2014 Security Breaches Report
| DevOps |
In 2013, “84 percent of CEOs and 82 percent of CIOs stated that they believed that their cybersecurity programs were currently effective” (source). 2014 security breaches, or at least those that were known about, rose 62% in comparison to the year prior.
More of the same isn’t working.
A security education vendor released an infographic this week that pointed out that the cybersecurity space is facing a dual challenge: there are simultaneously more advanced attacks taking place than ever before, but also fewer trained professionals who can address them, and downward pressure on the educational system that is supposedly training the next generation of InfoSec experts.
In 2014, the average detection times for advanced persistent attacks rose to just under eight months. The net cost to the US economy of known breaches rose to $3 trillion. In spite of this, 62% of organizations haven’t invested in cybersecurity training programs in 2014, at all; 1 in 3 security teams aren’t familiar with how to defend against advanced hacking attempts against their systems and organizations.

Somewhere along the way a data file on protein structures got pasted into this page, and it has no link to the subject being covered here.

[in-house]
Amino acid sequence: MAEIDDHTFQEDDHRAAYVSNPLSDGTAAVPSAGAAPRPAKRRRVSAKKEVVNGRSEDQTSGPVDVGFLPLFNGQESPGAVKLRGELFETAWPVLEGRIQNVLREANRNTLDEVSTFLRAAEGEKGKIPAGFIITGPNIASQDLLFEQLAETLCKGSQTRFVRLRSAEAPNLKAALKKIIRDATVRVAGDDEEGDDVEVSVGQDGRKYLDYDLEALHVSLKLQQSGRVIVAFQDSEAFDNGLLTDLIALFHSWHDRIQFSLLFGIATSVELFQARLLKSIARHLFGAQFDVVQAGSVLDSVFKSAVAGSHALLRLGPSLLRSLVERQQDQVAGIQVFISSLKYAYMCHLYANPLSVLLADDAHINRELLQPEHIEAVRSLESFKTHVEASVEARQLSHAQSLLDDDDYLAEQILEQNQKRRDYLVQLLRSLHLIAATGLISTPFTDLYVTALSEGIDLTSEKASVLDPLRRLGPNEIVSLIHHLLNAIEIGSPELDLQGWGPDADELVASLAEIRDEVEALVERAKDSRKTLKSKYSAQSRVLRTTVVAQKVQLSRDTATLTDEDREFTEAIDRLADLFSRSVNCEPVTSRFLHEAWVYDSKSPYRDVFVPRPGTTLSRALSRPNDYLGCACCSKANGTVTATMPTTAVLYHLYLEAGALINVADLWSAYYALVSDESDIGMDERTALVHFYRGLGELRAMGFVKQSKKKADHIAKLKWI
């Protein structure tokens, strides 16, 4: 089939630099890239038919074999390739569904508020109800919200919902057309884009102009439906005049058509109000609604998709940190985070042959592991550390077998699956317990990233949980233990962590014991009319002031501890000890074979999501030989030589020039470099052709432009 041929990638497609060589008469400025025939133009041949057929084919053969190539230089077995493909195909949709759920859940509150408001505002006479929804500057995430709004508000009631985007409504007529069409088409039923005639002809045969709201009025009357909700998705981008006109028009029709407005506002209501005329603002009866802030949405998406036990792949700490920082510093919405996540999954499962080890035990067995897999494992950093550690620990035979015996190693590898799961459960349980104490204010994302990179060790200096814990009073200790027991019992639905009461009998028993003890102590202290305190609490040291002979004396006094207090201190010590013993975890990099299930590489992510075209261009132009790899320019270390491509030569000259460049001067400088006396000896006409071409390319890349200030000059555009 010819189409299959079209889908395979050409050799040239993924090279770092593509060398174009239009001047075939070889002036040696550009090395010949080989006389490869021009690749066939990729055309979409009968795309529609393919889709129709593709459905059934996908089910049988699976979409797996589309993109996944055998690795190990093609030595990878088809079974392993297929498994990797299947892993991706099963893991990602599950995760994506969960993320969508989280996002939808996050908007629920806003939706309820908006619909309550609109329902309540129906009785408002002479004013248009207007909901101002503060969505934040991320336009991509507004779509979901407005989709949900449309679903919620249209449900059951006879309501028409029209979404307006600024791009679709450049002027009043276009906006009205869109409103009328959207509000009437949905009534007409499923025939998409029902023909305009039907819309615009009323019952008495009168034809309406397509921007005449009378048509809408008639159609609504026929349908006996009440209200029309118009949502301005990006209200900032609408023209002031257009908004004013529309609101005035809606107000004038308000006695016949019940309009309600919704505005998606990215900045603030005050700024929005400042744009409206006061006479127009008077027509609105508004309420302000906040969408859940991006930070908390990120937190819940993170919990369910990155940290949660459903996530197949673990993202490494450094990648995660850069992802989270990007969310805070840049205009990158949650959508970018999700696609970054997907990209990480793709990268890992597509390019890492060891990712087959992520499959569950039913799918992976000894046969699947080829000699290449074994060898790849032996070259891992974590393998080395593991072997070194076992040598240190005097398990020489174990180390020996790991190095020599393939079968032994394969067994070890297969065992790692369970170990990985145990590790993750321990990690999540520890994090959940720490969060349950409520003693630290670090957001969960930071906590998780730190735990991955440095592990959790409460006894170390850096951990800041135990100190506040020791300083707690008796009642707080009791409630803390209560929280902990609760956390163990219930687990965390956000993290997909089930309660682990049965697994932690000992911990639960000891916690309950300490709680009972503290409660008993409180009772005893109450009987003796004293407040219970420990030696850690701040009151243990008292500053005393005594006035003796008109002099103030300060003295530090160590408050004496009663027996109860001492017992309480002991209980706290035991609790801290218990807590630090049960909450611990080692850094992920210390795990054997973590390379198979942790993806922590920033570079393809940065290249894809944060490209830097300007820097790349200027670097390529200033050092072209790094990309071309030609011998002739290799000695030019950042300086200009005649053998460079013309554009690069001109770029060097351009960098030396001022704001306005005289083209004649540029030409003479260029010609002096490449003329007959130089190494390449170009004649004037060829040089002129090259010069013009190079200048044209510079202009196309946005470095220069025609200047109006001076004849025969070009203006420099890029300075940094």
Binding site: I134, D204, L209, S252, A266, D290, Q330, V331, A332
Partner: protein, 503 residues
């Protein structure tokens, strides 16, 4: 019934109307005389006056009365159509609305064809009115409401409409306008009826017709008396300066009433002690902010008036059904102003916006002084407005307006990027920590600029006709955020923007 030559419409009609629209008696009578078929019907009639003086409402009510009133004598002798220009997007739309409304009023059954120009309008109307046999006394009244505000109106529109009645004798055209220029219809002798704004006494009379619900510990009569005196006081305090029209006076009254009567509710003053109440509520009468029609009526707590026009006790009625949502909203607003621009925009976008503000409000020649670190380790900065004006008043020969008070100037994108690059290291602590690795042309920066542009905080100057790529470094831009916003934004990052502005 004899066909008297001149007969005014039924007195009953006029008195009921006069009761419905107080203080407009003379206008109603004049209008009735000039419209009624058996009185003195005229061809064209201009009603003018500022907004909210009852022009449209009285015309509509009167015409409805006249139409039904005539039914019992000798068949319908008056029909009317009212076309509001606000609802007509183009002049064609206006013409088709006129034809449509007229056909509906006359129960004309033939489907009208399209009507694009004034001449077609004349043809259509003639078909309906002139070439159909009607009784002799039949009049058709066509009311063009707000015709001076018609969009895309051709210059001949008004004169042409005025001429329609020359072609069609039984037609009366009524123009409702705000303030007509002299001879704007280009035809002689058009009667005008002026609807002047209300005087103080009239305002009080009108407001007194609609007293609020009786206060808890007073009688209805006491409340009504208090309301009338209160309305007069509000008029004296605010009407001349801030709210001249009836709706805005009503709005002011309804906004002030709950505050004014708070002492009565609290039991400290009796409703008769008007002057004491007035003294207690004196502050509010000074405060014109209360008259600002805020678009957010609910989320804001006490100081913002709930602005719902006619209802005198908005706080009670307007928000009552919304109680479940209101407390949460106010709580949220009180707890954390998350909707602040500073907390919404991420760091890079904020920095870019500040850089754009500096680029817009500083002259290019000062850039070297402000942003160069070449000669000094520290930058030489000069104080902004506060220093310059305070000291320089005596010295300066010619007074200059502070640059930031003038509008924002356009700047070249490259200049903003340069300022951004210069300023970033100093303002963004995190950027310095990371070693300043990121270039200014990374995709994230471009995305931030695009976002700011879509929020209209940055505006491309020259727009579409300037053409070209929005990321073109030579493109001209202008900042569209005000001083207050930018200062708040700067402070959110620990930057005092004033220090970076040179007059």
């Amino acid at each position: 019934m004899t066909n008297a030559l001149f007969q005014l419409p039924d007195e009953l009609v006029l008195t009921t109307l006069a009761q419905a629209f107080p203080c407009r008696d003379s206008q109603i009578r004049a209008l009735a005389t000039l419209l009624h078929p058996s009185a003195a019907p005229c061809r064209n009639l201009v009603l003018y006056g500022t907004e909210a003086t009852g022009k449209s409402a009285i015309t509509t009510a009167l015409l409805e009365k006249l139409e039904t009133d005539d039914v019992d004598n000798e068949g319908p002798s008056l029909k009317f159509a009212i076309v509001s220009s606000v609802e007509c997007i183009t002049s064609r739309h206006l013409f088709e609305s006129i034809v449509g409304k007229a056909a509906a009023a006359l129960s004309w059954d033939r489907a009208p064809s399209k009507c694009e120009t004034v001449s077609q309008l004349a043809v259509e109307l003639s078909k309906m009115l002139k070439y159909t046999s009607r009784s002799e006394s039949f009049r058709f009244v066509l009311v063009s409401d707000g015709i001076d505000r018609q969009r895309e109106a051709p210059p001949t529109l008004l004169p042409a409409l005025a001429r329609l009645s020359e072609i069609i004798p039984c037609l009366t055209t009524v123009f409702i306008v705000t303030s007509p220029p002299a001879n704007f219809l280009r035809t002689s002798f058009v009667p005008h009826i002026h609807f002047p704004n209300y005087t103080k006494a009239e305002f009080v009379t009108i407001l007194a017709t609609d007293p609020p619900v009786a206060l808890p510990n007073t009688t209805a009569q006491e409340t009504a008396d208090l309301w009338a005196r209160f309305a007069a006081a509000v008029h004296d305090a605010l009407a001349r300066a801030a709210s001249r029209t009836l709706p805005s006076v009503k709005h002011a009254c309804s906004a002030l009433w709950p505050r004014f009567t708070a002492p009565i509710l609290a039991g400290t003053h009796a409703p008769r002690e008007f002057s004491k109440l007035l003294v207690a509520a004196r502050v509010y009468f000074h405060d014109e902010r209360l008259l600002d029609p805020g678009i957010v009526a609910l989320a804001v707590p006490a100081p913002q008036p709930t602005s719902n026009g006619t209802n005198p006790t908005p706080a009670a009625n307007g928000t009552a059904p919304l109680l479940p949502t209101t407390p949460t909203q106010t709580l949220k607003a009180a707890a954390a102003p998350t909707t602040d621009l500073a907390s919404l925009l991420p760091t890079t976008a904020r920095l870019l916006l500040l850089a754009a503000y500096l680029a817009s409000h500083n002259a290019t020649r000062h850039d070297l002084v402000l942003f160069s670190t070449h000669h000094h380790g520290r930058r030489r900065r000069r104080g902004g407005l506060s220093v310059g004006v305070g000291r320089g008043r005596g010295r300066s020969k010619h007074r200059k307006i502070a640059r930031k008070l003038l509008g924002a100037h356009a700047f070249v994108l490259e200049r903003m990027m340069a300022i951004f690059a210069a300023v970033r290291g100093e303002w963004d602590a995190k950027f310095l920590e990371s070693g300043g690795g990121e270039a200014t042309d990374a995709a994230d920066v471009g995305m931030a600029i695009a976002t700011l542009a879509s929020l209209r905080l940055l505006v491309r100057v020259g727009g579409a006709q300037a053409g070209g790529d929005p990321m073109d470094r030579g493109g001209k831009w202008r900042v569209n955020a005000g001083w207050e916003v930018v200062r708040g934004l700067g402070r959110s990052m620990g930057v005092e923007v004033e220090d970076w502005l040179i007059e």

It’s a bleak picture.
Going into Battle with The Army You Have
In a sense, cybersecurity is a resource allocation problem. Addressing the risks requires a combination of understanding and minimizing the threat surface, building a robust and fault-tolerant detection and prevention system into your infrastructure, and ensuring that you have world-class audit and response mechanisms in place to minimize the time and cost of dealing with issues as they arise.
As infrastructure changes, the best practices for “baking in” security are also evolving. Over the course of the past few months, we’ve spent a significant amount of time working with our partners and customers on how to build out a strong security model for highly automated infrastructure. Three consistent themes have emerged from those discussions: the need for good permissions management, strong secrets storage and distribution, and robust audit and compliance:
In other words, a model is emerging for securing modern infrastructure: